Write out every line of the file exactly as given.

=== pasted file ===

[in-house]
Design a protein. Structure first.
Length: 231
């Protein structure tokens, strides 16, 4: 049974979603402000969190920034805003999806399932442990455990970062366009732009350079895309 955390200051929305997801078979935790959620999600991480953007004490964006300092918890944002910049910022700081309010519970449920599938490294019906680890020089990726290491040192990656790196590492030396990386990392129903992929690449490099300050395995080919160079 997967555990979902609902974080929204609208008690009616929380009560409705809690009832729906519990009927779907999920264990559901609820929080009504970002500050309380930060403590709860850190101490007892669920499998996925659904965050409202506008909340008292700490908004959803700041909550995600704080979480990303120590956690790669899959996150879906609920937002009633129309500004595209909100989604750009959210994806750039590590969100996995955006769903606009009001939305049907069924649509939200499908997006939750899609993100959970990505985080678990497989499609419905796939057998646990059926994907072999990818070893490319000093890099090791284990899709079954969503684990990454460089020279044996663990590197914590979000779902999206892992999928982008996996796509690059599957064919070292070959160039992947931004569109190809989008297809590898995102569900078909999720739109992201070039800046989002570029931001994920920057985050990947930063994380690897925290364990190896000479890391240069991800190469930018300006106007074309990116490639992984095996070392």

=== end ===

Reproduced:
[in-house]
Design a protein. Structure first.
Length: 231
């Protein structure tokens, strides 16, 4: 049974979603402000969190920034805003999806399932442990455990970062366009732009350079895309 955390200051929305997801078979935790959620999600991480953007004490964006300092918890944002910049910022700081309010519970449920599938490294019906680890020089990726290491040192990656790196590492030396990386990392129903992929690449490099300050395995080919160079 997967555990979902609902974080929204609208008690009616929380009560409705809690009832729906519990009927779907999920264990559901609820929080009504970002500050309380930060403590709860850190101490007892669920499998996925659904965050409202506008909340008292700490908004959803700041909550995600704080979480990303120590956690790669899959996150879906609920937002009633129309500004595209909100989604750009959210994806750039590590969100996995955006769903606009009001939305049907069924649509939200499908997006939750899609993100959970990505985080678990497989499609419905796939057998646990059926994907072999990818070893490319000093890099090791284990899709079954969503684990990454460089020279044996663990590197914590979000779902999206892992999928982008996996796509690059599957064919070292070959160039992947931004569109190809989008297809590898995102569900078909999720739109992201070039800046989002570029931001994920920057985050990947930063994380690897925290364990190896000479890391240069991800190469930018300006106007074309990116490639992984095996070392």